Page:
Math Background

Lesson: Finding and Graphing Points for Linear Relationships
Developing the Concept

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At this level, students will begin to see the relationship between equations and straight-line graphs on a coordinate grid.

At this level, students will begin to see the relationship between equations and straight-line graphs on a coordinate grid.

Materials: poster paper or a transparency and overhead projector for demonstration; straightedge; Coordinate Grid Worksheet (PDF file), a straightedge, and lined paper for each student

Preparation: Draw a coordinate grid on poster paper or a transparency. Label the x- and y-axes from 0 through 10. Make copies of the Coordinate Grid Worksheet (PDF file) for students, or use Learning Tool 51 in the Learning Tools Folder.

Prerequisite Skills and Concepts: Students should know about ordered pairs and locating points on a grid. They should also be able to recognize and interpret an equation.

  • Write the equation x + 5 = y on the board.
  • Ask: How could you say this equation in words?
    Students should say that the equation means “a number plus five equals another number,” or some comparable statement.
  • Draw a table with four columns and five rows on the board. Have students draw their own table. Label the first column x, the second column x + 5, and the third column y. Leave the fourth column blank for now. Write 1 in the first column below x.
    x x ÷ 5 y Ordered Pair
  • Ask: What happens to the equation if we replace x with 1? Elicit from students the equation 1 + 5 = 6. Write 1 + 5 in the second column below x + 5. Then write 6 in the third column below y.
    x x ÷ 5 y Ordered Pair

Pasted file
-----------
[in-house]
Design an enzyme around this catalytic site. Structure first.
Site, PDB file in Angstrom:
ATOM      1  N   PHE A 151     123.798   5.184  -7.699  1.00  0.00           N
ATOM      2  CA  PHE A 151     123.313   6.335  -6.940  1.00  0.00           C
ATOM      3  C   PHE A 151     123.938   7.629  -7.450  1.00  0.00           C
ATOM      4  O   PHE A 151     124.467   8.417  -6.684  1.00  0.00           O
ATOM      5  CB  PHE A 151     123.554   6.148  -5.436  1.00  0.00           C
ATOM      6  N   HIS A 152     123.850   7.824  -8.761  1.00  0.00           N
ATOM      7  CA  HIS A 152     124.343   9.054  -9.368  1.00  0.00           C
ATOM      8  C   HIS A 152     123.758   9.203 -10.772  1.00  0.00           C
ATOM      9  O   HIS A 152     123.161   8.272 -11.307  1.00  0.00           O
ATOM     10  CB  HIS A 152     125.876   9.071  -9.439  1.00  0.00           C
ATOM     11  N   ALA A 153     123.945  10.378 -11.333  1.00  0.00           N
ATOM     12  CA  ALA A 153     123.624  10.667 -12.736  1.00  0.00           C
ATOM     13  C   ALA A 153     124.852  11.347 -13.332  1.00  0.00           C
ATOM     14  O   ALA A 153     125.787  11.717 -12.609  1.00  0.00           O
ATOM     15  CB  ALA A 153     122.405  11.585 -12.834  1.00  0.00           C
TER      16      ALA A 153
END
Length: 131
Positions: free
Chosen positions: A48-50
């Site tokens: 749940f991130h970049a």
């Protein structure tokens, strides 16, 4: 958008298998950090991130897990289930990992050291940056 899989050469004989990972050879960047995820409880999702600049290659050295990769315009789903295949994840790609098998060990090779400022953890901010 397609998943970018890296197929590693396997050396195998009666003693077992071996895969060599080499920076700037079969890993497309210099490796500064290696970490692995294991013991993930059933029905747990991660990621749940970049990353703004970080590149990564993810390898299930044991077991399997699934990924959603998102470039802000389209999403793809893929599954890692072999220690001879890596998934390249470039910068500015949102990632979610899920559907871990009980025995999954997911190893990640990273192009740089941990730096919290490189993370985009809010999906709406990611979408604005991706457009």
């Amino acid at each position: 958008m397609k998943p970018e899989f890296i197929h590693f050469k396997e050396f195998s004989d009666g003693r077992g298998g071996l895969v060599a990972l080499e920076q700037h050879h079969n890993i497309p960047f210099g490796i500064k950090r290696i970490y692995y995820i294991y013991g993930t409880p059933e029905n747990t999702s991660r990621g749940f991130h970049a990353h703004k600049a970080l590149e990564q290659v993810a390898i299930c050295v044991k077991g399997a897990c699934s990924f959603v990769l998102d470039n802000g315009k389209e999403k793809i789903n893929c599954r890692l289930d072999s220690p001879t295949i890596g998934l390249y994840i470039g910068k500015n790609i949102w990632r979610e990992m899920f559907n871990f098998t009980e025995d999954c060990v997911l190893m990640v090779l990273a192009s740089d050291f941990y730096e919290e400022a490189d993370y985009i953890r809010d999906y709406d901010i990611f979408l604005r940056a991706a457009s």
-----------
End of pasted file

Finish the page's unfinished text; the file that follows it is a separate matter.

1 1 ÷ 5 6  
  • Continue to replace x with 2, 3, then 4. Have students complete the first three columns of their tables on their own. Ask for a volunteer to complete the table on the board.
  • Say: Let's write ordered pairs using the values of x and y. Label the fourth column of your table Ordered Pair. Remind students that when they locate points on a grid, they first move right on the x-axis, and then up on the y-axis. Therefore, the first number in an ordered pair is a value for x, and the second number is a value for y. These numbers are called the x- and y-coordinates.
  • Ask: What is the first number we used for x? (1) What is the first number we calculated for y? (6) So, what is the first ordered pair? (1, 6)

    Have students complete their tables. When they are finished, record the ordered pairs in the table on the board.

    x x ÷ 5 y Ordered Pair
    1 1 ÷ 5 6 (1, 6)
    2 2 ÷ 5 7 (2, 7)
    3 3 ÷ 5 8 (3, 8)
    4 4 ÷ 5 9 (4, 9)
    5 5 ÷ 5 10 (5, 10)
  • Say: Now we're going to graph the equation x + 5 = y on a grid. (Point to the grid you made.) This grid is called a coordinate grid. Let's take a closer look at the different parts of the grid.
  • Point to the horizontal line on the grid.
  • Say: This line is called the x-axis.
  • Point to the vertical line on the grid.
  • Ask: What do you think this line is called?
    Students should make the connection to the y-axis.
  • Say: Now, let's locate the ordered pairs on the grid. Who can find (1, 6)?

    Have a volunteer describe the location of the ordered pair. Mark the location on the coordinate grid at the front of the class. Then have students locate the rest of the ordered pairs on their own grids.

    coordinate grid
  • Say: Let's connect all of the points. What figure did we make?
    Have students use a straightedge to connect the points. Show students how extending both ends of the line slightly, and drawing arrows, shows that the line goes on in both directions. Students should identify the figure as a straight line.
  • Have students repeat this activity with the equation x − 2 = y. Use the numbers 5, 6, 7, 8, and 9 for x.

Wrap-Up and Assessment Hints
These skills will need lots of practice. Reinforce the need for students to work carefully so their graph is accurate. When you assess students' progress, keep the number of exercises small enough that they have time to complete each step without rushing.

Houghton Mifflin Math Grade 4